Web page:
The invasion and metastasis characteristic of esophageal cancer is not only the postoperative recurrent nature, but also causes many patients to lose the operation opportunity, and the migration is the first step of tumor metastasis. Thus, it is important to identify the factors that correlate to the cancer migration. Matrix metalloproteinases (MMPs) are overexpressed in almost all human cancers [30, 31]. The matrix metalloproteinase-2 (MMP-2), MMP-9 and urokinase-PA (u-PA) are responsible for the degradation of extracellular matrix components and play important roles in the process of cancer invasion and metastasis [32,33,34]. And as a novel molecule related with cancer migration, there were various phenotype assays indicated that Sushi Domain Containing 2 (SUSD2) increases the migration of breast cancer cells [35]. In our study, we examined the migration ability of ECA109 cells using transwell chambers, and detected the migration related genes like MMP-9, uPA and SUSD2, and the genes were significantly decreased by pSi-STAT3 transfection, which indicated that the migration ability of ECA109 cells was declined by STAT3 down-regulation. Further, all the aforementioned genes are also related to tumor invasion and metastasis, we presumed that the STAT3 knockdown may inhibit the invasion and metastasis of ECA109 cells as well. Lastly, we also note that this study has some limitations requiring attention. The possible effects that caused by STAT3 down-regulation in vivo should be detected in further studies.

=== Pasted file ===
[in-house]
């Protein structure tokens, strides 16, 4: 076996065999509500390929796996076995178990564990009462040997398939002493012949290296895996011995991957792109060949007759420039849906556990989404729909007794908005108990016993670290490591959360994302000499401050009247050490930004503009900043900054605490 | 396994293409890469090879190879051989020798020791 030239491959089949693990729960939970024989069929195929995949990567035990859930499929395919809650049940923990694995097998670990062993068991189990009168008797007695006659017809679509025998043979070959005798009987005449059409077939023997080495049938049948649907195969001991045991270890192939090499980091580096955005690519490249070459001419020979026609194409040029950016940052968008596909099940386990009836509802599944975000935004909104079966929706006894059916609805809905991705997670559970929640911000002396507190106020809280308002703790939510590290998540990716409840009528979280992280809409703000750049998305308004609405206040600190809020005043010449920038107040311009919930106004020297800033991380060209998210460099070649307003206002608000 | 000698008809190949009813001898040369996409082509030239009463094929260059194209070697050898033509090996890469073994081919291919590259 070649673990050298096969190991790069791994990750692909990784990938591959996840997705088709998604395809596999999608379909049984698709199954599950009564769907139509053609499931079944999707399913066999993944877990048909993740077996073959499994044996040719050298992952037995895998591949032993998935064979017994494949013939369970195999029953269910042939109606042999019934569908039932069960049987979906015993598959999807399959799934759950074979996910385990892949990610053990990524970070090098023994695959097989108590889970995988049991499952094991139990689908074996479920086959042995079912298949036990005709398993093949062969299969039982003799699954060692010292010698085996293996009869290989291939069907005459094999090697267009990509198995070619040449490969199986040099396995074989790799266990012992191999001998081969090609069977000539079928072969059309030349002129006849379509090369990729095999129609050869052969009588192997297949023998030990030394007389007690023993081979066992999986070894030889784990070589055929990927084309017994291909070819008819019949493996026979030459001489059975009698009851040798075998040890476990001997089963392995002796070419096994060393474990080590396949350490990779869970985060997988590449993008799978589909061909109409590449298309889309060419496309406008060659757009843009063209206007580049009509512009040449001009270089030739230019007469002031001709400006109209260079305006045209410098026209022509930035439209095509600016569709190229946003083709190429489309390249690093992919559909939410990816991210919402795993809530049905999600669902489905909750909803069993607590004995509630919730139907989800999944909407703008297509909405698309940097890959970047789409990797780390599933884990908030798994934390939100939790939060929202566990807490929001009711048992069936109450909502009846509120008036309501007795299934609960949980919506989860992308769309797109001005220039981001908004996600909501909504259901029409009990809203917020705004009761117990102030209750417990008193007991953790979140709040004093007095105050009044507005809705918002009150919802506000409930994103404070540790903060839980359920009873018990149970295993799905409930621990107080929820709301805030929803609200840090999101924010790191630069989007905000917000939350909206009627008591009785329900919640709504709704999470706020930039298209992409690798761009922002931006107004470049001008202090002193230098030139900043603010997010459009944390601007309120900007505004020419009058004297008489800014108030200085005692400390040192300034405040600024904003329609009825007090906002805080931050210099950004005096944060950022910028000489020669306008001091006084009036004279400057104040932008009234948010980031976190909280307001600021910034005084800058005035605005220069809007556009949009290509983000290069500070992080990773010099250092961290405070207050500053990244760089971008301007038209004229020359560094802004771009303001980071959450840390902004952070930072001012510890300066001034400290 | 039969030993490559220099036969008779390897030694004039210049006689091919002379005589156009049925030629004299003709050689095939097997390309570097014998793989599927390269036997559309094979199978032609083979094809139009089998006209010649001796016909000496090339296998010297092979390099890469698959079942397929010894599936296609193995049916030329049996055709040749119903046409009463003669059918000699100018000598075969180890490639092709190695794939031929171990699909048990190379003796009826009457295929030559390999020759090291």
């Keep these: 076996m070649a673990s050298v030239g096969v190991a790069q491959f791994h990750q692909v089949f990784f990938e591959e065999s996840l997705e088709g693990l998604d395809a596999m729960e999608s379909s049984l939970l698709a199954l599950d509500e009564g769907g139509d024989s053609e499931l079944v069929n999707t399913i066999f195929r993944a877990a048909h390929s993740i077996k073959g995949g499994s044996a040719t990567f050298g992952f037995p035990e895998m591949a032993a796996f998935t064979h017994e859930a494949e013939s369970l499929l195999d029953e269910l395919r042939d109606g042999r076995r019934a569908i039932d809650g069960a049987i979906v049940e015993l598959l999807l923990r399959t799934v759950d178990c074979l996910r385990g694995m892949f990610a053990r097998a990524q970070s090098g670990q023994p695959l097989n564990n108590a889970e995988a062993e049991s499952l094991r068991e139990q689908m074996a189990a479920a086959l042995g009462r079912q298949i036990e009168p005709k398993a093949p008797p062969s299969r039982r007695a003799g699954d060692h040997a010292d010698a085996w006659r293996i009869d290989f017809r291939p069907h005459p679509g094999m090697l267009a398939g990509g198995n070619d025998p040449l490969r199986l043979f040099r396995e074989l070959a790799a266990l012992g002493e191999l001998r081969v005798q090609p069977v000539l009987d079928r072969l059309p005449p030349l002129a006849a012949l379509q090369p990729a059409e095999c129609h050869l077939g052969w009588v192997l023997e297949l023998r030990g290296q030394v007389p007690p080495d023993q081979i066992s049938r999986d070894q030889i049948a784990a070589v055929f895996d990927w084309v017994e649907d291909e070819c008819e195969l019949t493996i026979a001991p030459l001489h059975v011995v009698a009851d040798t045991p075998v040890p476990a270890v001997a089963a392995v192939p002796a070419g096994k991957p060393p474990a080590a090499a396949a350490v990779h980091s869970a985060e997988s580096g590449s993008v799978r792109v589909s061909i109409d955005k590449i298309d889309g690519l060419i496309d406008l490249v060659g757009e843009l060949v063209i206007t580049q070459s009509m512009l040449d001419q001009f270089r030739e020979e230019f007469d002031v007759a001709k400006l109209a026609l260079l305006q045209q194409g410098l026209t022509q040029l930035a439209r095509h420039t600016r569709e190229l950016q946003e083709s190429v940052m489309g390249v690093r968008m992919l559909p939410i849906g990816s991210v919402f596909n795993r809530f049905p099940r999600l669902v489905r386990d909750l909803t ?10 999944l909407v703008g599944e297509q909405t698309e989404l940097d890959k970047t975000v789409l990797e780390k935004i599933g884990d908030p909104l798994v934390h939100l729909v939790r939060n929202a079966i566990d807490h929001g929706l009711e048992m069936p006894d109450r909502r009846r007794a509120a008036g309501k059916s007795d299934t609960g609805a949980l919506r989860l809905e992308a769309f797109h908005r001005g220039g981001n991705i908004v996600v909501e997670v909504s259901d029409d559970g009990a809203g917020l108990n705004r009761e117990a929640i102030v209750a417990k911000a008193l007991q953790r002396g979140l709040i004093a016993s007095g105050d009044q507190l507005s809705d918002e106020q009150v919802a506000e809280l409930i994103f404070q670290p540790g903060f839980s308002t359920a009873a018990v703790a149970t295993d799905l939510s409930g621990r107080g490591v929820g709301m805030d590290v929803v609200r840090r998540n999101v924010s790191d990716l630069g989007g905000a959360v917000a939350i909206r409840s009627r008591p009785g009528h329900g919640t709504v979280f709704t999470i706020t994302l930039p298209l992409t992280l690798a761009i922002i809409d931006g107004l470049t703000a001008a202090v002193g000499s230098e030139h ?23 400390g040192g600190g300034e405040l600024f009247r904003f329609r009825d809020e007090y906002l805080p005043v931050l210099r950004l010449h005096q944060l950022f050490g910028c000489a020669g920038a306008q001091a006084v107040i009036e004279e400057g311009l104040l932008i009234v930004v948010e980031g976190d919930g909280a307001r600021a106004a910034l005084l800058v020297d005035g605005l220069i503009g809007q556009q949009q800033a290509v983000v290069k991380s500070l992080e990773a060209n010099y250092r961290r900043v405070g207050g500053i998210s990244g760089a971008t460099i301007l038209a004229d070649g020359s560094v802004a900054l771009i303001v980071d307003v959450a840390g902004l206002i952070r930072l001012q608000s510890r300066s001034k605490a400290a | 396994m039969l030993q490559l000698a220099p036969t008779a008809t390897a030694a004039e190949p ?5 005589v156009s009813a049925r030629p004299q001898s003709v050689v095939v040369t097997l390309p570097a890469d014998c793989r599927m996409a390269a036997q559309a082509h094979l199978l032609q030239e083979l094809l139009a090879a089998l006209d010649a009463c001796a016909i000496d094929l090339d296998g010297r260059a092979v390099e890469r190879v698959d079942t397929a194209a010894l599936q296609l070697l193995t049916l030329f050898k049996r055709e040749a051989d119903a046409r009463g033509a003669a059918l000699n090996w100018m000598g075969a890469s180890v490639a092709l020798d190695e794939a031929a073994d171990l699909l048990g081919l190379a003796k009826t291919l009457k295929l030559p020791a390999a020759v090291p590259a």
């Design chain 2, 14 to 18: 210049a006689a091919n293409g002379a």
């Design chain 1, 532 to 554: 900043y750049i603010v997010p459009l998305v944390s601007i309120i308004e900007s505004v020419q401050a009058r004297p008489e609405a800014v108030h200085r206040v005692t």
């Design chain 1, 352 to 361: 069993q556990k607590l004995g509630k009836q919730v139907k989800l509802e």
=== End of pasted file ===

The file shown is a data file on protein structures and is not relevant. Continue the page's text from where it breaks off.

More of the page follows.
Based on our results, we concluded that down-regulation of STAT3 could induce the apoptosis and G1 cell cycle arrest in esophageal carcinoma ECA109 cells, and also inhibit the migration ability of cells. In summary, our study presents several evidences to support STAT3 as a potential target for esophageal cancer therapy.



signal transducer and activator of transcription 3


small hairpin RNA


quantitative real-time polymerase chain reaction


matrix metalloproteinases-9


sushi domain containing 2


urokinase type plasminogen activator


Janus kinase






epidermal growth factor


hepatocyte growth factor


glyceraldehyde 3-phosphate dehydrogenase


sodium dodecyl sulfate polyacrylamide


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Authors’ contributions

CZ performed experiments, analyzed data and drafted manuscript; MS, DS, JZ, TZ, ZS and MY performed experiments and analyzed data; JM, PJ designed the study, analyzed the data, edited manuscript and provided financial support for this work. All authors read and approved the final manuscript.


The authors would like to thank Professor Changgui Kou for the assistant of data analysis and Professor Xuejian Zhao for providing the pSi-STAT3 and pSi-Scramble plasmids.

Competing interests

The authors declare that they have no competing interests.

Availability of data and materials

The datasets used and/or analyzed during the current study available from the corresponding author on reasonable request.

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Not applicable.

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This research was supported by the Grant from National Natural Science Foundation of China (81500635) and Norman Bethune Fund from Jilin University (2015229).

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Correspondence to Ping Jiao.

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Zhou, C., Ma, J., Su, M. et al. Down-regulation of STAT3 induces the apoptosis and G1 cell cycle arrest in esophageal carcinoma ECA109 cells. Cancer Cell Int 18, 53 (2018).